Radical Islamists are out to kill non-radical Muslims, along with anyone else who might get in their way
By David Blair World Last updated: September 13th, 2012
The protests now taking place outside US embassies across the Middle East have been whipped up by a very modern phenomenon: an inflammatory video on YouTube, plus the incitement provided via Twitter and Facebook.
But there is an uncanny precedent for today’s violence. Back in December 1979 – long before the advent of the internet or even satellite news channels – the American embassy in Libya was burned to the ground. Earlier, the US embassy in Pakistan had received the same treatment, costing the lives of two American Marines.
The attacks on both embassies were triggered by an almost forgotten event. In November 1979, a gang of Sunni extremists led by Juhayman al-Uteybi – the Osama bin Laden of his era – managed to take over the Grand Mosque in Mecca and murder hundreds of Muslim pilgrims. When news of the capture of the holiest site in Islam spread across the Muslim world, rumours and conspiracy theories were quick to start. The most poisonous suggested that America had somehow carried out the attack on the Grand Mosque.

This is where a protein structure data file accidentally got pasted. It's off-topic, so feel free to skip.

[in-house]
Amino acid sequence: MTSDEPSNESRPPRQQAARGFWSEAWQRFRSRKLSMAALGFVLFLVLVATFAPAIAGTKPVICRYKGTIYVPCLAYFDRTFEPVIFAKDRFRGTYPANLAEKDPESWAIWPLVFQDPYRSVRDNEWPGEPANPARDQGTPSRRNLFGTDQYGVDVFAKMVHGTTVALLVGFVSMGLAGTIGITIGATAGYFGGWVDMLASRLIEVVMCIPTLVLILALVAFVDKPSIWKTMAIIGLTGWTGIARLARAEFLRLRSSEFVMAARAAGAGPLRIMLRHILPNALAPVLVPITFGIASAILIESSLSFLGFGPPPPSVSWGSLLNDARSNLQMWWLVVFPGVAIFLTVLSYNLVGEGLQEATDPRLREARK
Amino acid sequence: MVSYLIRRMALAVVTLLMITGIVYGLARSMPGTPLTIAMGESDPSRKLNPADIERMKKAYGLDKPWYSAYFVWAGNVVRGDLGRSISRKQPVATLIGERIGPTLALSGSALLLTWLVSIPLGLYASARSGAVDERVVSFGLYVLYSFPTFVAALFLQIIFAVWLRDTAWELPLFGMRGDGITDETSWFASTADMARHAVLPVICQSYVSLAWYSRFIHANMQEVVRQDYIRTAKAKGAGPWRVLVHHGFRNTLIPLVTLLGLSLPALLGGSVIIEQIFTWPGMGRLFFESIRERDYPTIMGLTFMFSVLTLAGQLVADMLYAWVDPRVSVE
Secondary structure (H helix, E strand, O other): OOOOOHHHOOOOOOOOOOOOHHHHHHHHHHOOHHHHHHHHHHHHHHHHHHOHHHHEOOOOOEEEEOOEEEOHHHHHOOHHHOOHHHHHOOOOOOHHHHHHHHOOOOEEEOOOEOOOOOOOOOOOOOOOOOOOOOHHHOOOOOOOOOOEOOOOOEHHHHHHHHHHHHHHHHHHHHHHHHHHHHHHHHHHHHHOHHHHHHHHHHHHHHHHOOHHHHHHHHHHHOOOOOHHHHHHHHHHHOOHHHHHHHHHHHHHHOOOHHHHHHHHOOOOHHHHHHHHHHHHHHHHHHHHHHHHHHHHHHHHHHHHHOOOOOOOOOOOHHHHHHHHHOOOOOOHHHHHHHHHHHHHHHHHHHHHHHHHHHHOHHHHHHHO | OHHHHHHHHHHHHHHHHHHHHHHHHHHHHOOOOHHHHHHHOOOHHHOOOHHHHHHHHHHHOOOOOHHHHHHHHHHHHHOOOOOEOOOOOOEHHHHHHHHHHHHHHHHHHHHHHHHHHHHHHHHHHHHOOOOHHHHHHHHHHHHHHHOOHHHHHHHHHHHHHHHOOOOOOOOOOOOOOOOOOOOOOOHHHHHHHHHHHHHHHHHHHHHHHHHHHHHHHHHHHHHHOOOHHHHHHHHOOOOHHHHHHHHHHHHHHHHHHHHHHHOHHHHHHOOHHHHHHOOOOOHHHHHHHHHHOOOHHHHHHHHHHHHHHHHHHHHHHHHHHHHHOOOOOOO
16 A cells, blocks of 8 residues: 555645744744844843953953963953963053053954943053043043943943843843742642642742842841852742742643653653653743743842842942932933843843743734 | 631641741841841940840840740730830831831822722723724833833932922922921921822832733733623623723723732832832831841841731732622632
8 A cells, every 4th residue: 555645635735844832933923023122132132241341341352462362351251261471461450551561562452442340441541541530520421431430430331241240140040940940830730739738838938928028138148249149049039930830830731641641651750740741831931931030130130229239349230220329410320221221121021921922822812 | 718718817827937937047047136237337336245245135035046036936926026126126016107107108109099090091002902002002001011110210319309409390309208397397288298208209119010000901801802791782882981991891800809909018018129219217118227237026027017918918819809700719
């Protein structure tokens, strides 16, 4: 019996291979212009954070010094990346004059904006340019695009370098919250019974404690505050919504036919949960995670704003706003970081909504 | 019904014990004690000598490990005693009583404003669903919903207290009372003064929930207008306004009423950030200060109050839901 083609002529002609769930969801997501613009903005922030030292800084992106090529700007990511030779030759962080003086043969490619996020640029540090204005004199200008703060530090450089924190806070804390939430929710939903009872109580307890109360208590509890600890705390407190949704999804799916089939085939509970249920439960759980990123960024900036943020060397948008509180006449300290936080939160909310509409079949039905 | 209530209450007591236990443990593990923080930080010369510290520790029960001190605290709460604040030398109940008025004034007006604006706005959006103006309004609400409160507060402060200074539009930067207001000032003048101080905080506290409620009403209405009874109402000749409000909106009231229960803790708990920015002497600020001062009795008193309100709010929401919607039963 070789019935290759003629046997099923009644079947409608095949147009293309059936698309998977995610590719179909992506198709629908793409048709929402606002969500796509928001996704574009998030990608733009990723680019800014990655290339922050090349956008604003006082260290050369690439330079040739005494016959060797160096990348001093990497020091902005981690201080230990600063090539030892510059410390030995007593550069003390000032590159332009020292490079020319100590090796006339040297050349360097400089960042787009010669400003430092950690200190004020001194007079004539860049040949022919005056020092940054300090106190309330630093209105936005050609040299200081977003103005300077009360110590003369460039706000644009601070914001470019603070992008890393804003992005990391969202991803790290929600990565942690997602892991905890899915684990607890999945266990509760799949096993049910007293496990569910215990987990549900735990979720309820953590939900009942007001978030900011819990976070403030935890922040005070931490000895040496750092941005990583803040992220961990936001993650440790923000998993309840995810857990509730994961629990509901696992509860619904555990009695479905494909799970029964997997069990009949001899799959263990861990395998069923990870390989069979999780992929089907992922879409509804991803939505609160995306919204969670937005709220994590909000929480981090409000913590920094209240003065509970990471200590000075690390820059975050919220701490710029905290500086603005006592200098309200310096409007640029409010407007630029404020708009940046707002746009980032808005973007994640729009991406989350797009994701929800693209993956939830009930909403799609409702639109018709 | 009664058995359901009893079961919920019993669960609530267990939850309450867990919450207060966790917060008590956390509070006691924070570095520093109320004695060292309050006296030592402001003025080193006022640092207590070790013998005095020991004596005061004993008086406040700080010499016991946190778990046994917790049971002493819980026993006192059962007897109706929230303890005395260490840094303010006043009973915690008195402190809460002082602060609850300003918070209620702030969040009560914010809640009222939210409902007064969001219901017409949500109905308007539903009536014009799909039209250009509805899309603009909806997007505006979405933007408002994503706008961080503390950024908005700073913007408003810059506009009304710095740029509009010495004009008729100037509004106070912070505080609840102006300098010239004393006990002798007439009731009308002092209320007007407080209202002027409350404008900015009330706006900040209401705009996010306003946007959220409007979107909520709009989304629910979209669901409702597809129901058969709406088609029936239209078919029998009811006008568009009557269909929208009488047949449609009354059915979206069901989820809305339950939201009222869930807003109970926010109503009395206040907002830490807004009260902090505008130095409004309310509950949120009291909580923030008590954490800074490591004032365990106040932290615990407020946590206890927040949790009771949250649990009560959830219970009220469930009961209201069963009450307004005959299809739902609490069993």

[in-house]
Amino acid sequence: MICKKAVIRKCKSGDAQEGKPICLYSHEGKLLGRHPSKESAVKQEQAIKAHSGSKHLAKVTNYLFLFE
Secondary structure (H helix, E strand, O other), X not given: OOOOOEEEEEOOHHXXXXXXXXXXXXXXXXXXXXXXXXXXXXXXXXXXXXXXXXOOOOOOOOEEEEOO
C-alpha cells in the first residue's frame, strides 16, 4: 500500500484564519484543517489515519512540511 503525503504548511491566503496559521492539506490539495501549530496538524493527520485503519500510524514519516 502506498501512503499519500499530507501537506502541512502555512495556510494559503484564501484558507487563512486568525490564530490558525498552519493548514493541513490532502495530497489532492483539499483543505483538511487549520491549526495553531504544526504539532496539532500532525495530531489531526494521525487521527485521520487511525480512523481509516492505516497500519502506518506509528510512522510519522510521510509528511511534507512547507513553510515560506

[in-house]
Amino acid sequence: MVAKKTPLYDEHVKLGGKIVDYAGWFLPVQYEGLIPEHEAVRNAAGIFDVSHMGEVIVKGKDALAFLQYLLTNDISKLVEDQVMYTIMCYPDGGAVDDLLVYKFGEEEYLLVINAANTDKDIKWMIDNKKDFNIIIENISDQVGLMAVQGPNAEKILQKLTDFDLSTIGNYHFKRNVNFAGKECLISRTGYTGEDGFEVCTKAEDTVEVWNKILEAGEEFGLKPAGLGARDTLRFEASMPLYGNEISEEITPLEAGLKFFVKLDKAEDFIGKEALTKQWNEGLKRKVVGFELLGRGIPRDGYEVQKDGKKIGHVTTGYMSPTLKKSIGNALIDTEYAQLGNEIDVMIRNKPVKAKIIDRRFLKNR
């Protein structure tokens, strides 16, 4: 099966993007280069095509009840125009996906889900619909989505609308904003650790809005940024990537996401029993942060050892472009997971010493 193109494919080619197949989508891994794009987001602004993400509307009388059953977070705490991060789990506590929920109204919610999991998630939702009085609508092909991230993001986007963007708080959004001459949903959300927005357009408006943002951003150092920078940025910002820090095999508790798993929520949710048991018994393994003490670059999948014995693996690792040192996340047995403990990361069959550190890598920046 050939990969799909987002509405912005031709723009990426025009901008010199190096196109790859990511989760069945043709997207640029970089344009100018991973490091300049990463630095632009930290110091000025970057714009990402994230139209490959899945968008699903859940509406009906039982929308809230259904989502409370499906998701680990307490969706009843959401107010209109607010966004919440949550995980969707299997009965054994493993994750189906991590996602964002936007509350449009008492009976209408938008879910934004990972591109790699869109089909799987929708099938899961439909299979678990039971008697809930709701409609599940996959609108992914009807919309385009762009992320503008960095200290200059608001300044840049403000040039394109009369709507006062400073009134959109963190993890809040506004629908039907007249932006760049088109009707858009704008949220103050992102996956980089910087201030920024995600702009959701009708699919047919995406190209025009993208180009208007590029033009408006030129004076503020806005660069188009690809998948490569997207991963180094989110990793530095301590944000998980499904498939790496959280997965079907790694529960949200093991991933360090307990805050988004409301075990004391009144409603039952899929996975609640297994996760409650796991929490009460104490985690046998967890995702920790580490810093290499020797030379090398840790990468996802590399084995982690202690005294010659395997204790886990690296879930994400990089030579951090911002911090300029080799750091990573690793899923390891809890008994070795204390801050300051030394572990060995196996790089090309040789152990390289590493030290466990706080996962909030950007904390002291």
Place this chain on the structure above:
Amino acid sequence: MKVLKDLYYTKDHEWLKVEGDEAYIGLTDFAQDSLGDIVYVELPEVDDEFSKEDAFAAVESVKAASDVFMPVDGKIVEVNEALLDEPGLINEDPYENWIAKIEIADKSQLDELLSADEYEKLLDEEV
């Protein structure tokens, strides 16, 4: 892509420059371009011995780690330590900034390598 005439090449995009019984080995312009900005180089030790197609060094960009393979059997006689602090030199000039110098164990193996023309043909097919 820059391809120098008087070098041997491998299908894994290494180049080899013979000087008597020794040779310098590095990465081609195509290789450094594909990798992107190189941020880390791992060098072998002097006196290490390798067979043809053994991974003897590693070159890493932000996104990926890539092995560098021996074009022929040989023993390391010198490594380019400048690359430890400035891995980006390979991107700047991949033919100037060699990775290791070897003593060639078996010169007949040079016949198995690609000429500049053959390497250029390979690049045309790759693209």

This preposterous nonsense was widely believed, stirring such anger that the US embassies as far apart as Tripoli and Islamabad were wrecked. Before Twitter, Facebook, Emails or YouTube, globalised rumour and conspiracy-mongering was already powerful enough to persuade people thousands of miles apart to burn down the nearest US embassy. The only difference with today is that it took much longer for the message to spread. The attacks on the US embassies in Libya and Pakistan were separated by 10 days in 1979, whereas today’s incidents are almost simultaneous.
If you are interested in the attack on the Grand Mosque, let me recommend an excellent book, “The Siege of Mecca” by Yaroslav Trofimov. In the meantime, let me offer one other thought.
We are often told that Islamist radicals are roused to fury by US foreign policy. If so, it’s odd how often they choose targets that have nothing to do with America. Instead, they tend to attack places that Muslims are supposed to value very highly. Juhayman al-Uteybi – en early inspiration for bin Laden – chose to defile the holiest of all the holy sites and murder hundreds of pilgrims in Mecca. More recently, al-Qaeda has bombed mosques and pilgrims in Iraq and Pakistan. Rather than being motivated purely by anti-Western sentiment, let me suggest that radical Islamists are out to kill non-radical Muslims, along with anyone else who might get in their way.